30 September 2006

Emerging/Missional divide

Wow, I only recently learned that there was an "emerging church" (as opposed to the Church emerging from wherever it has been hiding), and now I discover (from Ecelctic Itchings) that there is an Emerging/Missional divide!

The problem with Western theology is that it's so hard to keep up. By the time you discover what a new theological trend is actually about, it's already split into rival factions, and you have to discover what they stand for.

I've seen the term "missional" associated with the "emerging church" movement, but I assumed that it simply meant the church in mission -- and the definition of "missional church" is pretty standard, and seems to support my original assumption. But no, it seems that it's now something else, and well on its way to becoming estblished as a rival movement, or a spin-off or something.

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Two birds with one stone?

Perhaps this would be a good way to solve two intractable problems at once!

26 September 2006

Americans just don't get it

In an article on the Clash of civilizations, James Pinkerton writes:
It's true, of course, that the General Assembly contains many dictatorial and tyrannical governments, but Iran and Venezuela are democracies, more or less. And in their demagogic way, Ahmadinejad and Chavez represent huge constituencies, not only in their countries, but around the world. Those two men don't hate America - and our allies, such as Israel - because they aren't free. They hate America because they hate America and its allies, period.

We live in a world in which not everyone gets along, for a combination of reasons - theological, historical, personal, legitimate, illegitimate. That's politics, because that's human nature.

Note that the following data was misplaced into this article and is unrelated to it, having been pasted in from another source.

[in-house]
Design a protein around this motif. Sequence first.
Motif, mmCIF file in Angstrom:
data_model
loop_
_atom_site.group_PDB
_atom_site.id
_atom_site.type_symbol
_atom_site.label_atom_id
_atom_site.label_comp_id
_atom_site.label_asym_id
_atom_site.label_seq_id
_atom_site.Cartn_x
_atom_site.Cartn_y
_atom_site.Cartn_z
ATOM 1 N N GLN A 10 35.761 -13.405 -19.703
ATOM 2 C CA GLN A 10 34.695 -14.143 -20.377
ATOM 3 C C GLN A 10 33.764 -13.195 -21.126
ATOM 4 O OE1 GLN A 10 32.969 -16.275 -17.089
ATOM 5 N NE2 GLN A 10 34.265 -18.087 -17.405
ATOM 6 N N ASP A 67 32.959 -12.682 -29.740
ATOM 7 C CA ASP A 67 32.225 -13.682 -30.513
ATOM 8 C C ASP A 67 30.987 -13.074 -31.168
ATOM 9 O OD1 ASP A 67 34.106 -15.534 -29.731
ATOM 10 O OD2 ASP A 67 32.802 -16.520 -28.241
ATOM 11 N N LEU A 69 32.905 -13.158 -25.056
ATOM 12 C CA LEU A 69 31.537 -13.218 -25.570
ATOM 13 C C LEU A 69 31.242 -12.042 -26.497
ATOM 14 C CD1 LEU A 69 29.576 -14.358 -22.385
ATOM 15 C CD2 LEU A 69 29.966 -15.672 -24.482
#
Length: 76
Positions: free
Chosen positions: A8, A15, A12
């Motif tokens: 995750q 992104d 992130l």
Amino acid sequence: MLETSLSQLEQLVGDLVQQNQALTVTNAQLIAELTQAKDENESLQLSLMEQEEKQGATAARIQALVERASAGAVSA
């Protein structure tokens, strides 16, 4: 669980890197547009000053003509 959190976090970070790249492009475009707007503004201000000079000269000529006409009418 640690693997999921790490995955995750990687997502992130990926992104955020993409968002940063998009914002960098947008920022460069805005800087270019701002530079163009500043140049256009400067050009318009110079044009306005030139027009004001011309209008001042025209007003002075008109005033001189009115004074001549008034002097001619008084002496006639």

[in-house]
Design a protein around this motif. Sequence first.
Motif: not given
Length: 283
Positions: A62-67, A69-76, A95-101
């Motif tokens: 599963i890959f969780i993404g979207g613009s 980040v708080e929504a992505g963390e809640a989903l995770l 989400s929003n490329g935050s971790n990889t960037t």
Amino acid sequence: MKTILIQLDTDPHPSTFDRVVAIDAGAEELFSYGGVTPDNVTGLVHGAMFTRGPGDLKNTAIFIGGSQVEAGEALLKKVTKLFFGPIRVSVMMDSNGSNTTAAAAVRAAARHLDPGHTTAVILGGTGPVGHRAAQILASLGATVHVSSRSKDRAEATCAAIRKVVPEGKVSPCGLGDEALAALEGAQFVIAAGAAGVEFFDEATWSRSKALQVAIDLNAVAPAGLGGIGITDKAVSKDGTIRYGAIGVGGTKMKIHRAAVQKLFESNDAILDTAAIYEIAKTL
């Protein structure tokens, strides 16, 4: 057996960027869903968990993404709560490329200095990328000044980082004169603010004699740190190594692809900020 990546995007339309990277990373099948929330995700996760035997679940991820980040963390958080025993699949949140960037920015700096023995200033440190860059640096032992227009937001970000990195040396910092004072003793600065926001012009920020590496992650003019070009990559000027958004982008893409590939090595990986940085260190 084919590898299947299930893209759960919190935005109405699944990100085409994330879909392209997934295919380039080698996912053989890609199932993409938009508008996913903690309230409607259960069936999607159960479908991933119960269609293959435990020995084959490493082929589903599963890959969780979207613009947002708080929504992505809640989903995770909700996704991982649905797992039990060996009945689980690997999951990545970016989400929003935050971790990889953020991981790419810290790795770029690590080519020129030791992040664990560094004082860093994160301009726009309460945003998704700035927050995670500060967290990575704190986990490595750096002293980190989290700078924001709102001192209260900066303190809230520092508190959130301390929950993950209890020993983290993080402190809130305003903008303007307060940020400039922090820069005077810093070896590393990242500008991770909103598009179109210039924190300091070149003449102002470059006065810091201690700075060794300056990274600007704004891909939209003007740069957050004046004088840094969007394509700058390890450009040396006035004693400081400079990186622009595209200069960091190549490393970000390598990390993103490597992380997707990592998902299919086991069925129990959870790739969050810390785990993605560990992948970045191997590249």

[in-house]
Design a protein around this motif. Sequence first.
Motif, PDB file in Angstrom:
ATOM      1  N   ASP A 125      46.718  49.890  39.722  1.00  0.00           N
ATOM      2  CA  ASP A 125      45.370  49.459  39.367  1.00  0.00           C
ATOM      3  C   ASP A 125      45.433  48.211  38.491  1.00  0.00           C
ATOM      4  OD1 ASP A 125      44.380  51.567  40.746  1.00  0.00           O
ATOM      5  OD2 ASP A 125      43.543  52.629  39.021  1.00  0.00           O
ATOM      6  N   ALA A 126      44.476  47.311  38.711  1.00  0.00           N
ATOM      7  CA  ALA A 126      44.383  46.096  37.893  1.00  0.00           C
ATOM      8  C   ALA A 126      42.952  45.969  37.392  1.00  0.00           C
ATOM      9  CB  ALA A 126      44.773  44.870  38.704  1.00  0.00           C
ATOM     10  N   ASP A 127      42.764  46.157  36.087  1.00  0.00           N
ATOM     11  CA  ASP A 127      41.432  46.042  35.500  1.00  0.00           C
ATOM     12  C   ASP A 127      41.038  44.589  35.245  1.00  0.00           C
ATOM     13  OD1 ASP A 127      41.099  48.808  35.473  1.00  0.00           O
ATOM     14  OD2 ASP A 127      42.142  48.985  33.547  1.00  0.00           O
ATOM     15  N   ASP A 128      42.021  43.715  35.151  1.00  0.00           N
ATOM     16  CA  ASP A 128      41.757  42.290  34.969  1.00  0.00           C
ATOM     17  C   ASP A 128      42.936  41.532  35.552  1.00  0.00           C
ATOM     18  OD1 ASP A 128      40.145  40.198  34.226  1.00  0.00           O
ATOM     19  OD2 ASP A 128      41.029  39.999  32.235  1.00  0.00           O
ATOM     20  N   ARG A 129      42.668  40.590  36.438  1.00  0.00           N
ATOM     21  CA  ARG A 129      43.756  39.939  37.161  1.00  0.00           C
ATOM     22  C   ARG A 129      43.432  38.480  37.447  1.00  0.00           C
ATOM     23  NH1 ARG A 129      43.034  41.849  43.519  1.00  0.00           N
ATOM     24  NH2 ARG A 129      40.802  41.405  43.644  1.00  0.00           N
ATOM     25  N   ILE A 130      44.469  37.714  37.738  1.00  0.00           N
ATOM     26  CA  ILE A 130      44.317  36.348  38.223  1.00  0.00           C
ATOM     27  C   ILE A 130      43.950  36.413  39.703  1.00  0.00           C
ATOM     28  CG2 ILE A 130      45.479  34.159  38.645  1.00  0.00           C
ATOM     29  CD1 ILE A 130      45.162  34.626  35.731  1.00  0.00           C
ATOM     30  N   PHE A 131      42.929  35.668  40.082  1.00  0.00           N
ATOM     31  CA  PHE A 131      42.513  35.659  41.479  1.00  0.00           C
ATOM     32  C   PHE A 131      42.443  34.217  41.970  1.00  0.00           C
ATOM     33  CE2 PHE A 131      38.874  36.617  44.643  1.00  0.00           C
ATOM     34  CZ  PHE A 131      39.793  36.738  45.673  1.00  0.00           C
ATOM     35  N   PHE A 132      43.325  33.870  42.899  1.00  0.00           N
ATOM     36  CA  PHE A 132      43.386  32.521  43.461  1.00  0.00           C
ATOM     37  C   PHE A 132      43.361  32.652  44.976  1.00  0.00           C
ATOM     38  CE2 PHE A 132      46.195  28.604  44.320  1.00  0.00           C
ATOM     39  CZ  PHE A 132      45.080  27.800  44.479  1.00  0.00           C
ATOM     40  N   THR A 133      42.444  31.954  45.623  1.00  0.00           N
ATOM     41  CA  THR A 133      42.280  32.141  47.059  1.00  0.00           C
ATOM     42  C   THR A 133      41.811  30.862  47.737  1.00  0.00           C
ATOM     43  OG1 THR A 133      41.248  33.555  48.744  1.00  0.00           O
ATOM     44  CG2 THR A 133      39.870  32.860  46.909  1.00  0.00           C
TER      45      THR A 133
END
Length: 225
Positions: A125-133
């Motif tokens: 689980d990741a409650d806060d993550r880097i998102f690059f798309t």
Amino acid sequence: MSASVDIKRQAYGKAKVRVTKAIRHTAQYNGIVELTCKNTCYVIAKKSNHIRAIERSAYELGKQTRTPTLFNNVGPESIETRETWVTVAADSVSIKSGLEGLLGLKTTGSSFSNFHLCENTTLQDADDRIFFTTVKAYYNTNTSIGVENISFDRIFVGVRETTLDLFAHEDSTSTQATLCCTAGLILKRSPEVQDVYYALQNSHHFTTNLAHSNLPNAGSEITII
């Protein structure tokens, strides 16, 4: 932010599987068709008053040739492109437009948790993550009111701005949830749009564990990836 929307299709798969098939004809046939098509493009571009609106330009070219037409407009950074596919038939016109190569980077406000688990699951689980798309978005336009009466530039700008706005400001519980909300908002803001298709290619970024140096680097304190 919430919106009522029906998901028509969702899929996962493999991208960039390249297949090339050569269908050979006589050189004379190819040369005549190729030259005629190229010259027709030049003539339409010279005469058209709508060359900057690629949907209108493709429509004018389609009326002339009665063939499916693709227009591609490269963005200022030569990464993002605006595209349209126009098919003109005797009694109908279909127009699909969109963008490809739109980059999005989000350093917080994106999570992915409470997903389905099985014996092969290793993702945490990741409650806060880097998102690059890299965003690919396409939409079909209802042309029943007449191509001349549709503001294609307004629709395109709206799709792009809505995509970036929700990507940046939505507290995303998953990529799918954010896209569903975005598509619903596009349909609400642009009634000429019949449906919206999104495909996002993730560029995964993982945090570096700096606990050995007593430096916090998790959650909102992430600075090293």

So of these four leaders - the pope, Ahmadinejad, Chavez and Bush - the odd man out would seem to be ... our own president. He has his faith that he is right, but the others have their faiths, too. Hence, the Clash.
Such ignorance is scary. It is quite clear that many Americans appear to believe, like Pinkerton, that "they hate us because they hate us". Not "they hate us because we (or our our allies) bombed them, or keep threatening to do so". Not "they hate us because we have attempted to overthrow their democratically-elected governments by engineering a coup", but just because they hate us with an irrational uncaused hate.

One of the things about human nature is that if you bomb people out of their homes, destroy their livelihood and kill their friends and relatives they are unlikely to be overflowing with love and gratitude towards the people who do these things. This is not an irrational "they hate us because they hate us" hate. They hate for a reason. And the fact that they do so shows the limits of reason, which points to one of the shortcomings in Roman Pope Benedict's Regensburg address. The Christian injunction to love those who hate you goes well beyond the limits of reason.

This is not how clashes of civilizations start, but it is how clashes of all kinds continue and escalate.

New every morning is the love
with which our ministers approve
devices new and up to date
for fostering the same old hate.

23 September 2006

Deconstructing Pope Benedixt XVI